Consuming probiotics can reduce blood pressure

Effect of Probiotics on Blood Pressure : A Systematic Review and Meta-Analysis of Randomized, Controlled Trials

Literature - Khalesi S et al., Hypertension. 2014 - Hypertension. 2014 Jul 21

Khalesi S, Sun J, Buys N et al.
Hypertension. 2014 Jul 21. pii: HYPERTENSIONAHA.114.03469. [Epub ahead of print]


Blood pressure (BP) can be controlled through diet and lifestyle modification. Not only are low-fat diets rich in fruits and vegetables and low in sodium suggested to lower BP [1-3], dietary constituents and supplements such as omega-3 fatty acids [4], garlic [5], and green tea [6,7] have also been found to improve BP control.
Probiotics have been studied for possible health benefits in improving immune system function [8] and preventing diarrhea [9,10]. These live microorganisms, when consumed in adequate amounts, may also improve BP through mechanisms including improving total cholesterol and LDL-c [11-13], reducing blood glucose levels and insulin resistance [14,15] and regulating the renin-angiotensin system [16,17].
Effects of probiotic consumption on BP have yielded inconclusive results. Therefore, a systematic review and meta-analysis of randomised controlled trials was conducted, on 9 eligible trials, with 543 participants. 7 studies reported a double-blind design, and one a single-blind design, and one did not report the blinding process. The probiotic source, species and dose used varied between studies, with total daily dose of probiotic consumption ranging from 109 colony-forming units (CFU) to 1012 CFU. Study duration varied from three weeks to nine weeks.

Main results

  • 8 out of 9 studies reported a reduction in SBP after consuming probiotics, with a mean reduction ranging from 1.07 mmHg to 14.10 mmHg, of which 5 studies that reported a clinically significant reduction of SBP>5 mmHg.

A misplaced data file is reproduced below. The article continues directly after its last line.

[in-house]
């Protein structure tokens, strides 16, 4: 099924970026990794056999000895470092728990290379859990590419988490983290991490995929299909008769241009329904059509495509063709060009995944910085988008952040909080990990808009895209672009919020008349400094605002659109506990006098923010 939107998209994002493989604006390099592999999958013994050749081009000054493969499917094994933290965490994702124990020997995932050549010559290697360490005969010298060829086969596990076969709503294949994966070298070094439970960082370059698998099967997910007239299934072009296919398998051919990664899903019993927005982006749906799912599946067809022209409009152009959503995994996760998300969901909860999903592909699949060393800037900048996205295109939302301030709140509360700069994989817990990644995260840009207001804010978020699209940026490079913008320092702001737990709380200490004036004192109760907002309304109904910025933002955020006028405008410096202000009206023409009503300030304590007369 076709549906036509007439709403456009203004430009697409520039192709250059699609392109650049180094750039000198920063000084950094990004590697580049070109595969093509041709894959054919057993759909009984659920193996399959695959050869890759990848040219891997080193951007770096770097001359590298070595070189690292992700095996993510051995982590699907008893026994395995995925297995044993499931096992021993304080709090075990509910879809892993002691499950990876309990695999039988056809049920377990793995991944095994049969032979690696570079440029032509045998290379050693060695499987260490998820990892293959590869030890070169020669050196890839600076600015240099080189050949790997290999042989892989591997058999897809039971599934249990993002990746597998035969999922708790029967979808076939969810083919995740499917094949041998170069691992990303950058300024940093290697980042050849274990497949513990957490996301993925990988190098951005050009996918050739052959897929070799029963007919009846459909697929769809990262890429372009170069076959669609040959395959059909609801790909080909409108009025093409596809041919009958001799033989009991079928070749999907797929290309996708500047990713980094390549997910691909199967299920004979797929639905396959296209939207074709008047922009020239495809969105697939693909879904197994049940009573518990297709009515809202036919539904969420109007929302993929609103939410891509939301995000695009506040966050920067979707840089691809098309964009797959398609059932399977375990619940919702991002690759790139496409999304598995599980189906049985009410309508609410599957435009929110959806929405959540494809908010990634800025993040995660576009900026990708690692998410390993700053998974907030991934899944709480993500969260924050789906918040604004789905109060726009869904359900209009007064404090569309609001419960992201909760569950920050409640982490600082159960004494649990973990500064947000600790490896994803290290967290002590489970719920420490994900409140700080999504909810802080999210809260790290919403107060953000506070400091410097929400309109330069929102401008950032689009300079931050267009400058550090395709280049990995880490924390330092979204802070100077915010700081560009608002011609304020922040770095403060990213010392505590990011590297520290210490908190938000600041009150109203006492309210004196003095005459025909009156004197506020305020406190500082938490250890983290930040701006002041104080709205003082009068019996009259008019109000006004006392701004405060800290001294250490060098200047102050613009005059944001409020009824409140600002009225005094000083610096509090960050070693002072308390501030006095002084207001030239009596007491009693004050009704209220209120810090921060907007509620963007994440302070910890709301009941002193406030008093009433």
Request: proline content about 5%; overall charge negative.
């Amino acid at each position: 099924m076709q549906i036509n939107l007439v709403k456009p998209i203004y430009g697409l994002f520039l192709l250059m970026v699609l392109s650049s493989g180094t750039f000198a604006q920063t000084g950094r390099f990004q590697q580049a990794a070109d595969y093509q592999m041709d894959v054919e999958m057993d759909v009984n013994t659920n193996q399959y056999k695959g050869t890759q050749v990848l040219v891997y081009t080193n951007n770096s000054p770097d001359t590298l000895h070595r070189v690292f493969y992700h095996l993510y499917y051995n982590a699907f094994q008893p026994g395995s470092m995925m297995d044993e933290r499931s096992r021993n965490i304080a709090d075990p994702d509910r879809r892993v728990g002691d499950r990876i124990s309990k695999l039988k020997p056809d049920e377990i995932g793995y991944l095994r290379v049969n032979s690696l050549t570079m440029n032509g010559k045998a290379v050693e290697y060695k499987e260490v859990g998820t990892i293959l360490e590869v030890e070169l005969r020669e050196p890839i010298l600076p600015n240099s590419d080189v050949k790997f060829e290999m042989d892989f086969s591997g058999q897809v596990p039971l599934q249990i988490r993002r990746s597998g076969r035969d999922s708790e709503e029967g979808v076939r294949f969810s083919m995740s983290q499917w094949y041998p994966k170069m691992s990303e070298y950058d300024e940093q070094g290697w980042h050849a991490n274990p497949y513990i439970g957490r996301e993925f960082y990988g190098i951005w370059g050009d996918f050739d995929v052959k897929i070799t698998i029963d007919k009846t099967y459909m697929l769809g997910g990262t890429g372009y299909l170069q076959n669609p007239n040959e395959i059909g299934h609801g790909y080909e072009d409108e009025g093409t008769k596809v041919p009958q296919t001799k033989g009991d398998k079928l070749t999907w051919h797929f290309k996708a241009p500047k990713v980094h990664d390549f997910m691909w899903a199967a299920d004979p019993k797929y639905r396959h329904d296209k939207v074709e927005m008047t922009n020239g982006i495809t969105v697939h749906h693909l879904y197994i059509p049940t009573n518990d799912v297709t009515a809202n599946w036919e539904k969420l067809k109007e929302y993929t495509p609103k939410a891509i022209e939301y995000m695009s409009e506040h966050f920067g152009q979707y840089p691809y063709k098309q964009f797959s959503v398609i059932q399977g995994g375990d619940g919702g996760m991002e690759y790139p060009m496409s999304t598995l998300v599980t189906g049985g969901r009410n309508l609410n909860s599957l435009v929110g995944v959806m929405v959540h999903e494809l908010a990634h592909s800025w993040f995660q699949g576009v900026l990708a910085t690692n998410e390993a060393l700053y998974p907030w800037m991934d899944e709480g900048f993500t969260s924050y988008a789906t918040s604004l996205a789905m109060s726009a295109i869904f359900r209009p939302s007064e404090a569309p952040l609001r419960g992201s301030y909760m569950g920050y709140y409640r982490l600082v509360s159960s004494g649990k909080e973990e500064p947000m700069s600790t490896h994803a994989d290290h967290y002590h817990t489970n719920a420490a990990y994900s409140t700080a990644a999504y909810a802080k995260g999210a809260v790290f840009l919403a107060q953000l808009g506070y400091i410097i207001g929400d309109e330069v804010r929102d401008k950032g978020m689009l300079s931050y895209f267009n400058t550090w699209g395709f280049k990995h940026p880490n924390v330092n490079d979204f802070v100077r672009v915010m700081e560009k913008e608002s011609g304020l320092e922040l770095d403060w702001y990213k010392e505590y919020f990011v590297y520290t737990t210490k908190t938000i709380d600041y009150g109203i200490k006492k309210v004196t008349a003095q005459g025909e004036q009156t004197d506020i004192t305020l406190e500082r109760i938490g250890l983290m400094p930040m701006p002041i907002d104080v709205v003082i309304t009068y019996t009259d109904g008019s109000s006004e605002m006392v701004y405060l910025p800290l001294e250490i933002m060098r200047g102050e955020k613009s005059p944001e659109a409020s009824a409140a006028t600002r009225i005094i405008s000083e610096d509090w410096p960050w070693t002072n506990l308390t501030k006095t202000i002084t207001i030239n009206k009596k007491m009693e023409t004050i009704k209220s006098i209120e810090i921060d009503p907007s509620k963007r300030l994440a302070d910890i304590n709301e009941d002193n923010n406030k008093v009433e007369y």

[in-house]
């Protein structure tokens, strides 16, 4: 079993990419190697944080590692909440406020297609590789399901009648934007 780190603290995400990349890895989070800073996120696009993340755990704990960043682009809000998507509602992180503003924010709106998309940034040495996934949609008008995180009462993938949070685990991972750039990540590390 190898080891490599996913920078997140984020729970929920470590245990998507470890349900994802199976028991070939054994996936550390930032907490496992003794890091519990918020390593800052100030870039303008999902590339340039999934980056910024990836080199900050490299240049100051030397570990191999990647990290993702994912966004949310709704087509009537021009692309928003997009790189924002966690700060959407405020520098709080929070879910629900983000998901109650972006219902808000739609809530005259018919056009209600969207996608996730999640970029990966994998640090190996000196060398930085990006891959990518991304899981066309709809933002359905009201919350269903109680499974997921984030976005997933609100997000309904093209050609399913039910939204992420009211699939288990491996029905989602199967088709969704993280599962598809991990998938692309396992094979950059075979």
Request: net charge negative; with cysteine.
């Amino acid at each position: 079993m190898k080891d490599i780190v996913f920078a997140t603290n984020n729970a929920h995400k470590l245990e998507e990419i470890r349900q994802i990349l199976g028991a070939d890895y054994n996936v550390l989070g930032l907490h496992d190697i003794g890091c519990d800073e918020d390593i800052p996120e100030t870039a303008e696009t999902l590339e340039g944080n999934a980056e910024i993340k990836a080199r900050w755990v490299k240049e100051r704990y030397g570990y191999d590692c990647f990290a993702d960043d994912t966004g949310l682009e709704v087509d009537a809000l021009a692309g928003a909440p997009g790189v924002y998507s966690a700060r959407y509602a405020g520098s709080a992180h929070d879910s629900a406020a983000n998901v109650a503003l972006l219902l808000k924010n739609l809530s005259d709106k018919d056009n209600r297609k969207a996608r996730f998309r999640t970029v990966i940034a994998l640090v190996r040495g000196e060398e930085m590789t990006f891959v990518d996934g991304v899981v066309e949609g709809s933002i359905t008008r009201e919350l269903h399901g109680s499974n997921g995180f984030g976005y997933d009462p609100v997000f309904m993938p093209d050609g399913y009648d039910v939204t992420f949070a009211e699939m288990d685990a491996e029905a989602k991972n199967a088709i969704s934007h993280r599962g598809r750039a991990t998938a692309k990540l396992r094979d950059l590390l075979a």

• The meta-analysis of 9 studies revealed a significant reduction of SBP by 3.56 mmHg (95%CI: -6.46 to -0.66, P<0.01) after probiotics consumption, as compared to the control group. Statistical heterogeneity was high among studies (I2=89%, P<0.05).
  • All 8 out of 9 studies that presented changes in DBP, reported a reduction after probiotics consumption (ranging from -0.9 to -8 mmHg), albeit only statistically significant in two studies.
  • The meta-analysis of 8 studies yielded a significant change of -2.38 mmHg (95%CI: -3.84 to -0.93, P<0.01) in mean difference of DBP as compared with control groups (I2=78%, P<0.05).
  • No meaningful relationship was found between the daily dose of probiotics consumed and reduction in SBP or DBP, although a subgroup analysis of studies with a daily dose of >1011 CFU showed a significant reduction in SBP and DBP, whereas studies with a daily dose of <1011CFU did not.


These results show that consumption of probiotics can significantly reduce SBP by 3.56 mmHg and DBP by 2.38 mmHg, which is similar to a recently reported effect of reducing salt intake by <2 g per day. This reduction is modest, but even a small reduction of BP may have relevant public health benefits and cardiovascular consequences. Therefore, probiotics may be used as a potential supplement to help prevent hypertension or improve BP control. Further studies may clarify the specific effects of different products, species and doses.

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